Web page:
Rails, PDF + prawn jumpstart

Looking for a “to-PDF” solution for your rails application? Well, if your journey is (has been) anything like mine [which is pretty standard judging from what i’ve read] then you’ve probably decided prawn is the way forward. And you’re also probably convinced that prawnto is a good idea (it is also highly recommended).

So by now you’ve created a blank rails app, installed the gem, added the plugin, got a controller of sorts setup- all for the purposes of test-driving prawn (with prawnto). You’ve reread the documentation but it’s not going _that_ smoothly. There are one or two little things (not mentioned as explicitly as you’d might want) that you should be aware of. After trawling through some prawn discussions on google groups, i picked a bright penny-moment. Aha! Of course 🙂

Sometimes, while learning a new library/tool/tech/whatever, your brain seems to focus too hard on the problems you’re experiencing and forgets about the basics of the bigger context. When you step away, you (hopefully) realise that the issue you’re having is not the library/tool/tech/whatever, but with the fact that some fundamental got glossed over/ignored/forgotten about. This was one of those.

My controller code was fine. The actions were pretty much {empty}. My view filename was either action.pdf.prawn, action.pdf, action.prawn.pdf, action.prawn or actionpdf.prawn- all sorts of variations ‘cos i couldn’t consistently get the desired effect: an inline pdf render. But the documentation said quite clearly ‘.pdf.prawn’. What does it take to get a simple demo going to start experimenting with? Well… it turns out all i had wrong was the request. I completely ignored the basics (routing) and focused on the problem (pdf library). Not exactly a library issue.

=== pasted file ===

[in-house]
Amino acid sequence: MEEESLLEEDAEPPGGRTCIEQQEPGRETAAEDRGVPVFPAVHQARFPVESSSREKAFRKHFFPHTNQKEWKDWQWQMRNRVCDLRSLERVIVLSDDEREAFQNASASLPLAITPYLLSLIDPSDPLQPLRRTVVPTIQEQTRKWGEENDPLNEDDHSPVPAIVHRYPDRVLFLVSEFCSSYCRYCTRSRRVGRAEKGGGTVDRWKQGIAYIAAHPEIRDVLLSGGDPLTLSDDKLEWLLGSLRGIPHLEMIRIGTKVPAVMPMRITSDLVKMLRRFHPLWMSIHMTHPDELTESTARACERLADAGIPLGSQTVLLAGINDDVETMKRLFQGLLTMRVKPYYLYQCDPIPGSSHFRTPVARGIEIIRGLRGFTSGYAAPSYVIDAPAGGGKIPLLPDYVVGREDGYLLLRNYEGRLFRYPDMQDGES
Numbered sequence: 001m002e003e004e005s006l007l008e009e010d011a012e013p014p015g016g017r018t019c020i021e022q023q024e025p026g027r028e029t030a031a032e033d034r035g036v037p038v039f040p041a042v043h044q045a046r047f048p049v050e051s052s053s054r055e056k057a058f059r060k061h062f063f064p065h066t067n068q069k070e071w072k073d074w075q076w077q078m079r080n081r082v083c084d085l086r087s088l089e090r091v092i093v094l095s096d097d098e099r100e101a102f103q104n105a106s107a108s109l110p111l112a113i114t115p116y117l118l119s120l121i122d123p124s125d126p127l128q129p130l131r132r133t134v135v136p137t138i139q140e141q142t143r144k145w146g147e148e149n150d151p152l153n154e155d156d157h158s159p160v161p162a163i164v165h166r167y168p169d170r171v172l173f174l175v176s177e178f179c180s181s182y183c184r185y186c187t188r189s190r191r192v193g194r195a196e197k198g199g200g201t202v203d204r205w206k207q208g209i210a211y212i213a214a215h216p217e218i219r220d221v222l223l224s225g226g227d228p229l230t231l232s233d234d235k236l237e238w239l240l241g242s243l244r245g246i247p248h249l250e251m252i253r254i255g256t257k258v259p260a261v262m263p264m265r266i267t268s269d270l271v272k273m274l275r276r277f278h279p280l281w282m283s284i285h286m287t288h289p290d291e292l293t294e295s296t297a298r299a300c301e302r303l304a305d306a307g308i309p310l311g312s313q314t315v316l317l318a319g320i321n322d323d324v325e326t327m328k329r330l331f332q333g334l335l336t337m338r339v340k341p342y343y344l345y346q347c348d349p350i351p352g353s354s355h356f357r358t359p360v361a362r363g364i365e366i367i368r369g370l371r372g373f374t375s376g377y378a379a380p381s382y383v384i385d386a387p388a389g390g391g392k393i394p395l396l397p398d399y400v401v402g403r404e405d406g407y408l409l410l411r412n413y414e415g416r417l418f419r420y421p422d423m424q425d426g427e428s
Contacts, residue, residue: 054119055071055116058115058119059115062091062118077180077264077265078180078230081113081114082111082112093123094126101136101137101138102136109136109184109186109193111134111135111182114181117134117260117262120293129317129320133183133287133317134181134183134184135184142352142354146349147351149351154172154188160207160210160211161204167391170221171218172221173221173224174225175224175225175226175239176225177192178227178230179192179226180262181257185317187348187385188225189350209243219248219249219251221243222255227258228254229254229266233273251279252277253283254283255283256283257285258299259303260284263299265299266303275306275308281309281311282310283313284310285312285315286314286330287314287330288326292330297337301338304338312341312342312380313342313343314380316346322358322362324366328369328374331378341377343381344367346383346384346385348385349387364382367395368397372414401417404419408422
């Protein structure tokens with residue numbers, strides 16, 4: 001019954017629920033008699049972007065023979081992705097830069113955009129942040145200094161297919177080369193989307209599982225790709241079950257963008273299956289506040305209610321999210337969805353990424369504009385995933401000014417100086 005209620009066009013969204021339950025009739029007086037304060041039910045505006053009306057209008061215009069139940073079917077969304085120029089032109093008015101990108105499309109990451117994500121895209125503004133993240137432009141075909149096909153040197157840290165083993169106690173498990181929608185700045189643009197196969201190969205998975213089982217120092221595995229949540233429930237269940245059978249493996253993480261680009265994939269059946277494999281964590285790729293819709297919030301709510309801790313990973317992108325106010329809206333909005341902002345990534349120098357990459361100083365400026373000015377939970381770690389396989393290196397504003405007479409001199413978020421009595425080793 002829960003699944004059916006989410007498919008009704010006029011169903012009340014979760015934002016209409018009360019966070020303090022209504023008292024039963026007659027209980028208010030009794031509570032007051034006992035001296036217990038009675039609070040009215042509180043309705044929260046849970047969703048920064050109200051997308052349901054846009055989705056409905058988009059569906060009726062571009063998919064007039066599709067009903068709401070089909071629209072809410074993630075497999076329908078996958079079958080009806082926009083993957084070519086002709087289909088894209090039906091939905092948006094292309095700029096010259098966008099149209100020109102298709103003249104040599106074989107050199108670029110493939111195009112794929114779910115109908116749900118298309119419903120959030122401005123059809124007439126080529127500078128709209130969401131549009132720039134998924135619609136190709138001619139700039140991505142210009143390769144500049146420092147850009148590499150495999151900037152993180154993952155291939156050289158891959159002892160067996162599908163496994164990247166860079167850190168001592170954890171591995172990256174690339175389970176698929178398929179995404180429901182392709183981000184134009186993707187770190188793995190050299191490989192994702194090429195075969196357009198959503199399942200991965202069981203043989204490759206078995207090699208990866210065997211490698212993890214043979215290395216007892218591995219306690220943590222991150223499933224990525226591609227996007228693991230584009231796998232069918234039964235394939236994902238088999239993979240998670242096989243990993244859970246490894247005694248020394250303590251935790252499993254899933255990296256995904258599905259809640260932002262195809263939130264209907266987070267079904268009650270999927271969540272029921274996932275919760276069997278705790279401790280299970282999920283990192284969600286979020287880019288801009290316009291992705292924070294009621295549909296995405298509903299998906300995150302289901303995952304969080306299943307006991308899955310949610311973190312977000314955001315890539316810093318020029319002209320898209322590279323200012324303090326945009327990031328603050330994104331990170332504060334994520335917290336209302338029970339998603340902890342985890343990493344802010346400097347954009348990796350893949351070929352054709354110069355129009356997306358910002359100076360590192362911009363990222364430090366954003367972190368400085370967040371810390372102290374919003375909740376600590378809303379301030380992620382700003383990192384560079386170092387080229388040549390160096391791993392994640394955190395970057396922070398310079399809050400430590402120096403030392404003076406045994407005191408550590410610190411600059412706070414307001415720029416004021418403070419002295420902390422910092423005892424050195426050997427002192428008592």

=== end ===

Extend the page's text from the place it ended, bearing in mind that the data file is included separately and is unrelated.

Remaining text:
http://localhost:3000/controller/action won’t work => renders .html
http://localhost:3000/controller/action.pdf won’t work either => no route

What i wanted to request was: http://localhost:3000/controller/action/:id.pdf
and :id is the identifier for your model (even if you’re not actually riding with one in our test drive).
And this is due to the default configuration of a default rails app. Check out your routes.rb. Back to basics. Evidently, if you want a different ‘route’ to get to your pdf, then, you guessed it: create a route 🙂



Continuing with the mobile web server theme, the underpinnings of the previously mentioned project are available as part of various open source projects. What’s more, the ability to now host PHP (and not just python) websites on your phone (huh?) is so there, but still begs the immediate question: why?

Now there be some answers to that, but then, just how feasible is this? I mean, just how practical is having a full-blown CMS web application hosted on your phone? Mmmm.. that aside, i still see quite a bit of usefulness already. For one thing, the world of mobile data interchange just got looped onto its head, in a public kind of way. Just engage reverse and let the creativity flow 😀